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Tanana switches to LEDs for streetlights


Investment in efficient LED lights with $20,000 DOE grant to save money and energy
Small town Tanana, Alaska, is off the grid. The city of about 300 people lies 132 mostly roadless miles from Fairbanks, making it easier to reach by airplane than by car.

That means Tanana has to burn diesel to create electricity, pushing up the cost to 76 cents per kilowatt hour - at least 13 times the standard in the lower 48. These high costs make something as simple as powering streetlights very expensive.

To save money and energy, Tanana applied for and received a $20,000 Energy Efficiency Conservation Block Grant from the U.S. Department of Energy. The money will allow Tanana to replace its older high-pressure sodium streetlights with newer and more energy-efficient LED streetlights.

"Our streetlights right now use about 150 watts. The two brands we're looking at, one is a 25-watt brand that produces more light than the 150-watt lights currently do, and the other uses about 38 watts," says Al "Bear" Ketzler, Tanana's city manager. "So with either product... there's a 300 percent savings."

Because LED streetlights have a lifespan three to four times longer than that of the current lights, Ketzler also expects long-term savings. He estimates that the project will pay for itself in two and a half to three years.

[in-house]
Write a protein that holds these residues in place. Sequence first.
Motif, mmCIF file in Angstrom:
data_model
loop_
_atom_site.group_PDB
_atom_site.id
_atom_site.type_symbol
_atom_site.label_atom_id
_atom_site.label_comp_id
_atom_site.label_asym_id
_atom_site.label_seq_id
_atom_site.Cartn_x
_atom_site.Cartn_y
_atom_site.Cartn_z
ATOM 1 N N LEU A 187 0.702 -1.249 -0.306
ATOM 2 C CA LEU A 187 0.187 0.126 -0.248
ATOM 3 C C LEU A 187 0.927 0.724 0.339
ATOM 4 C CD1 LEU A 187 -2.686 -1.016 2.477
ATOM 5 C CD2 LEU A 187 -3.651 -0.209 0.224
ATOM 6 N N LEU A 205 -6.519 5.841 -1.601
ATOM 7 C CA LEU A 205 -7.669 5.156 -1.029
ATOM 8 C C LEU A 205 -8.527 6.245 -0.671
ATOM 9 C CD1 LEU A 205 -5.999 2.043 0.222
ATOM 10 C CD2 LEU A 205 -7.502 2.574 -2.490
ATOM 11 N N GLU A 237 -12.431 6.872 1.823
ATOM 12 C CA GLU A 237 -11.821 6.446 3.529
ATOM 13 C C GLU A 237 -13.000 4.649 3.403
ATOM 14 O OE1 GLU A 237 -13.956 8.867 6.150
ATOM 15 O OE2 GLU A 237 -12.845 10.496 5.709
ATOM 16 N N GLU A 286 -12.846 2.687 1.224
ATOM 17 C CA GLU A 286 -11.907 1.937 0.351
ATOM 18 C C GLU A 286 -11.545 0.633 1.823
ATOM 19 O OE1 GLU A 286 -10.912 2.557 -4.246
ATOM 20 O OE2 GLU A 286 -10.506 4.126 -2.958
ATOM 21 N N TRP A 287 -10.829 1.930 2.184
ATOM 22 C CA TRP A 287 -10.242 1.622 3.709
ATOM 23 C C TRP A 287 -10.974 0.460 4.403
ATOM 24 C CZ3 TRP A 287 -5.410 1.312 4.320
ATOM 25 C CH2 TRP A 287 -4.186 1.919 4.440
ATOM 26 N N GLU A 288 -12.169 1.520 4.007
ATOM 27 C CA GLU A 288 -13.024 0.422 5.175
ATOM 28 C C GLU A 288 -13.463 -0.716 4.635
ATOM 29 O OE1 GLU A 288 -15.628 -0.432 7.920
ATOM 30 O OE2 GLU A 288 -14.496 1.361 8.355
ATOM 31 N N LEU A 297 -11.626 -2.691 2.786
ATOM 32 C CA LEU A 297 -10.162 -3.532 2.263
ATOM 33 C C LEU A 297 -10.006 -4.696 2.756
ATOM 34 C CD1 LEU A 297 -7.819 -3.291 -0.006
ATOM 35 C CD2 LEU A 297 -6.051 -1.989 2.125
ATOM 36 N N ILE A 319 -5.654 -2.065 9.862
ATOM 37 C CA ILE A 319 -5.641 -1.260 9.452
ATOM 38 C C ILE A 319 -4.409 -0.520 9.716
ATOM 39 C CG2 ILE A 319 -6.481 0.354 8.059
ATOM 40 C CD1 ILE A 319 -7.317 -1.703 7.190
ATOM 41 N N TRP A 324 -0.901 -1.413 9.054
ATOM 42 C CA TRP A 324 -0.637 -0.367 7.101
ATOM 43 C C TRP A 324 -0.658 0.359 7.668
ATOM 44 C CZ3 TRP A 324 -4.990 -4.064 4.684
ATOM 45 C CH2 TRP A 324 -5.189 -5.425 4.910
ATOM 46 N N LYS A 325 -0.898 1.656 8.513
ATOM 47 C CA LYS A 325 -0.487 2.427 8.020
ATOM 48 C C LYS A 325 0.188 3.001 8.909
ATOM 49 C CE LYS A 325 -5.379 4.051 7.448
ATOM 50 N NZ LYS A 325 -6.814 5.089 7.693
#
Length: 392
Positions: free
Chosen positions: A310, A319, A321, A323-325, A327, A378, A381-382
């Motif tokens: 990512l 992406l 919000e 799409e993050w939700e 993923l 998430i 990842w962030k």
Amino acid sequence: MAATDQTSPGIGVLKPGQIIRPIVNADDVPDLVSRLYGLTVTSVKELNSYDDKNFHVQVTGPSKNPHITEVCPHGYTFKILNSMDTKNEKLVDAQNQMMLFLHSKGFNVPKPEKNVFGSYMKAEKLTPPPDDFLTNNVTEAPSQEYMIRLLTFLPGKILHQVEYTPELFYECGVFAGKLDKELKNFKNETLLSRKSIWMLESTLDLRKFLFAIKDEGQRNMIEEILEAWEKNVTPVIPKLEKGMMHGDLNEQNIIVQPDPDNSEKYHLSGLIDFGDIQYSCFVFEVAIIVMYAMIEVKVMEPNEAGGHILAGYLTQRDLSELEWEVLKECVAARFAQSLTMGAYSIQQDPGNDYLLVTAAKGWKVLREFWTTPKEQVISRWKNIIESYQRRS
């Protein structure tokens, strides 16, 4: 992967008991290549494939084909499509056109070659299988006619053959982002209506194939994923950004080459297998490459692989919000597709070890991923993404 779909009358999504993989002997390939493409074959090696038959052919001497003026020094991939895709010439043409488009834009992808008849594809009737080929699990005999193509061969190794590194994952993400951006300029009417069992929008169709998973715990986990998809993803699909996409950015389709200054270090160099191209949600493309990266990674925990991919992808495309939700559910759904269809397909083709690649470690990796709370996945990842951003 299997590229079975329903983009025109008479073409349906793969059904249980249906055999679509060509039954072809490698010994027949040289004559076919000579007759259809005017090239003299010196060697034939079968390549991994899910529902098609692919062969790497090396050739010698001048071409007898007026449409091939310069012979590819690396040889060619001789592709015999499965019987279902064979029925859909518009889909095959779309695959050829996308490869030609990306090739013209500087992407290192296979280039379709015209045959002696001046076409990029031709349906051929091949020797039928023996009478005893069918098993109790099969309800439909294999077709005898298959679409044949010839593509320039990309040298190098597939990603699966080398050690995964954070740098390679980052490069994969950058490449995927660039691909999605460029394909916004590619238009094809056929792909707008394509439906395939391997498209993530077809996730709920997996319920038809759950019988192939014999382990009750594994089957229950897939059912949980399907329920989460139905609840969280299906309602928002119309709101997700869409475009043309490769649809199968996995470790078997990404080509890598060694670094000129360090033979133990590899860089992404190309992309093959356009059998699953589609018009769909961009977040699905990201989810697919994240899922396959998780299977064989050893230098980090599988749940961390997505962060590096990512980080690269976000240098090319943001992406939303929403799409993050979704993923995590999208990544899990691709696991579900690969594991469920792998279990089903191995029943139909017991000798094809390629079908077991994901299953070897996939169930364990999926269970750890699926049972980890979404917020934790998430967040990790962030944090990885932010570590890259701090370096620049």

The grant will fund replacement of 22 of the city's 38 streetlights. Because not all of the lights will be replaced, the city hopes to get maximum use out of the LED lights by placing them block by block in the denser areas of Tanana, then in the more widely spaced outlying streets.

The city is currently working on choosing a brand and a contractor, which will be chosen through competitive bidding. Ketzler expects the project to employ at most two people for at least two months. In a smaller town like Tanana, it makes a difference.

"Small communities in Alaska, we don't get these opportunities to upgrade our technologies," he says. "So we feel blessed to have this opportunity to upgrade. We're not going to be able to upgrade all of our streetlights, but we can get 75 percent of them."

SOURCE: U.S. Department of Energy

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